1. Take Five with Nav Chander

    CEN Feature (Mar 5 2013)

    1. Take Five with Nav Chander

      Carrier Ethernet News caught up with Nav Chander at the recent Metro Ethernet Forum quarterly meeting. As research manager for telecom business services and associated carrier network infrastructure within IDC's Worldwide Telecom Division, Chander is closely focused on Carrier Ethernet services.

      CEN: Have you been following what’s happening within the MEF with regard to software defined networking and the cloud?

      NC: The MEF is trying to look at the cloud and SDN and virtualization together, which is important and timely. What’s not clear are the use cases. I don’t see much work happening on that yet.

      The MEF is trying to decide what it will do with the Open Networking Forum. It’s important for the MEF to position itself as an enabler and Carrier Ethernet can become one of the access technologies to enable network virtualization.

      Network virtualization is more of an end goal of the service providers. It will be implemented over many years. IDC will be publishing something shortly that will go into more uses cases that I’m seeing in the market.

      CEN: Carrier Ethernet 2.0 includes various service definitions. Are any of those related specifically to the cloud?

      NC: The MEF is trying to extend Carrier Ethernet service definitions to include cloud service delivery. They could have virtualized private services that Ethernet could access. My perspective is that it should be about data center internetworking. We’re doing a report about data center WAN networking.

      Businesses are using different types of data centers -- their own, service providers’ and colocation. And they’re looking at connectivity and technologies and applications.

      There’s a very good use case for the MEF involving Ethernet used to connect storage networks across data centers, but it’s mostly point to point. As you know Ethernet is in data centers already, so it’s a natural fit for Carrier Ethernet to somehow provide end-to-end-to end connectivity in the data center.

      IDC forecasts that by 2016, Ethernet switching fabric will be 35% of the technology in data centers.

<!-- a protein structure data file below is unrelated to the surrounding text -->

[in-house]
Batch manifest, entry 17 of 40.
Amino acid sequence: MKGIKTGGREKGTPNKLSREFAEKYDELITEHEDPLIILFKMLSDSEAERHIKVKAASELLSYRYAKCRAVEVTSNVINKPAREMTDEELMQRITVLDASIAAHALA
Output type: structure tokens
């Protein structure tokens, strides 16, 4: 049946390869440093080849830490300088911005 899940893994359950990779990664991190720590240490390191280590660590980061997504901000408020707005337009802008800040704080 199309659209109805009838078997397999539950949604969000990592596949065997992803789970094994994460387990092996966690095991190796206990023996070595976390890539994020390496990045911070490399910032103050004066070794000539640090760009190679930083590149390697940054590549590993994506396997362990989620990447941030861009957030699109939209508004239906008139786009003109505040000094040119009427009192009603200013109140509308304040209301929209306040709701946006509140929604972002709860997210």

CEN: More and more businesses are adopting cloud services because they like being able to add computing power as needed – and some people are saying that connectivity for those services needs to be just as flexible. Is that something that providers of Carrier Ethernet services are pursuing?

      NC: We have seen bandwidth on demand products and services built over the years. Various companies have tried to do it.

      What’s changed is that enterprises have become used to virtualized service deployed at a rapid pace. Year over year we’ve seen a jump to 36% from 32% of enterprises adopting virtualized services. It’s a significant proof point that they expect or would like to see the same thing available on a wide area network.

      They don’t always need services available all of the time. Some will be on all the time: where they need high bandwidth and low latency they will need fixed bandwidth.

      TW Telecom decided to offer dynamic bandwidth and let the customer configure within a portal how much bandwidth they want on the fly. Verizon has something similar. They haven’t talked much about it.

      We’re in the early days of this. Customers need help. It’s not as simple as compute cycles or storage. In networks you have many links between the access link and the cloud and the customer may use different providers.

      That is one of the goals of some of the service providers that I speak to: more flexibility in the WAN.

      The real issue will be the back office -- How will you bill and support all of this? If you can’t change back office provisioning and billing you won’t be able to make money at that.

      Carriers are more focused on profitability rather than being the coolest and being first to market.

      CEN: Are you definitely seeing demand for bandwidth on demand from business customers?

      NC: We’re seeing real demand. Carrier Ethernet has been adopted by so many enterprises. They’re willingness to look at it has grown. They’re more comfortable with it. Some have been using it for four to five years. Now enterprises are getting used to the on-demand services with some public cloud use and so it is natural for these Ethernet users to ask about being able to dial up or down bandwidth for a specific time of day/week/month or for a specific application.

      And we’re seeing new types of users in the mid-market. Rogers is doing very well with Ethernet wholesale and the mid-market.

      CEN: What’s happening with Carrier Ethernet exchanges?

      NC: I don’t see a lot of activity. Service providers are all making their own agreements. They’re all doing network-to-network agreements.

      I don’t know if exchanges have had success – maybe in mobile backhaul.

      Carriers haven’t put much investment in Carrier Ethernet exchanges. And exchange providers such as TELX are focused more on cloud and virtualized services.

      One of the MEF goals was creating network-to-network interfaces. That’s why we’re seeing a huge surge in wholesale agreements. 

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